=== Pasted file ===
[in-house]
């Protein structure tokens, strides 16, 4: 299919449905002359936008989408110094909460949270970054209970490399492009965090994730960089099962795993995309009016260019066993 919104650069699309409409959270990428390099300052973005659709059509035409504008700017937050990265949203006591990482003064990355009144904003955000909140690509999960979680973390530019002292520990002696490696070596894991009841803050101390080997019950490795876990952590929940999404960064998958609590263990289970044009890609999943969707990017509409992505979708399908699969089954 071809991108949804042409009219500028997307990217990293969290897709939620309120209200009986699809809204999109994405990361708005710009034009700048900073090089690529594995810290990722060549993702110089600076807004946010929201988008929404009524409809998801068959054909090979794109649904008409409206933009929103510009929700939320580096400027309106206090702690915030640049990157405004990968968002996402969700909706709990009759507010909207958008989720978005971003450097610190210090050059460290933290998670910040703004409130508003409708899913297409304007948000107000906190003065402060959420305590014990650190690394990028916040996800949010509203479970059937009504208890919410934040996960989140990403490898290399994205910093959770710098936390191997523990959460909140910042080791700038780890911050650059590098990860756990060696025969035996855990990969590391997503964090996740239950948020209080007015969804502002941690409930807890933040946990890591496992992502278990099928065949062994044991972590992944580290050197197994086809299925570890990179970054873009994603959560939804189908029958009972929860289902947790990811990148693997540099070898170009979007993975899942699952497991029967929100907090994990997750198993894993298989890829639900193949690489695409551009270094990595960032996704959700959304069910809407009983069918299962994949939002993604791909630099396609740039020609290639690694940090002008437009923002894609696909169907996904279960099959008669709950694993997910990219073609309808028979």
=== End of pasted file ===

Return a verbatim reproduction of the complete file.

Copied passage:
[in-house]
């Protein structure tokens, strides 16, 4: 299919449905002359936008989408110094909460949270970054209970490399492009965090994730960089099962795993995309009016260019066993 919104650069699309409409959270990428390099300052973005659709059509035409504008700017937050990265949203006591990482003064990355009144904003955000909140690509999960979680973390530019002292520990002696490696070596894991009841803050101390080997019950490795876990952590929940999404960064998958609590263990289970044009890609999943969707990017509409992505979708399908699969089954 071809991108949804042409009219500028997307990217990293969290897709939620309120209200009986699809809204999109994405990361708005710009034009700048900073090089690529594995810290990722060549993702110089600076807004946010929201988008929404009524409809998801068959054909090979794109649904008409409206933009929103510009929700939320580096400027309106206090702690915030640049990157405004990968968002996402969700909706709990009759507010909207958008989720978005971003450097610190210090050059460290933290998670910040703004409130508003409708899913297409304007948000107000906190003065402060959420305590014990650190690394990028916040996800949010509203479970059937009504208890919410934040996960989140990403490898290399994205910093959770710098936390191997523990959460909140910042080791700038780890911050650059590098990860756990060696025969035996855990990969590391997503964090996740239950948020209080007015969804502002941690409930807890933040946990890591496992992502278990099928065949062994044991972590992944580290050197197994086809299925570890990179970054873009994603959560939804189908029958009972929860289902947790990811990148693997540099070898170009979007993975899942699952497991029967929100907090994990997750198993894993298989890829639900193949690489695409551009270094990595960032996704959700959304069910809407009983069918299962994949939002993604791909630099396609740039020609290639690694940090002008437009923002894609696909169907996904279960099959008669709950694993997910990219073609309808028979």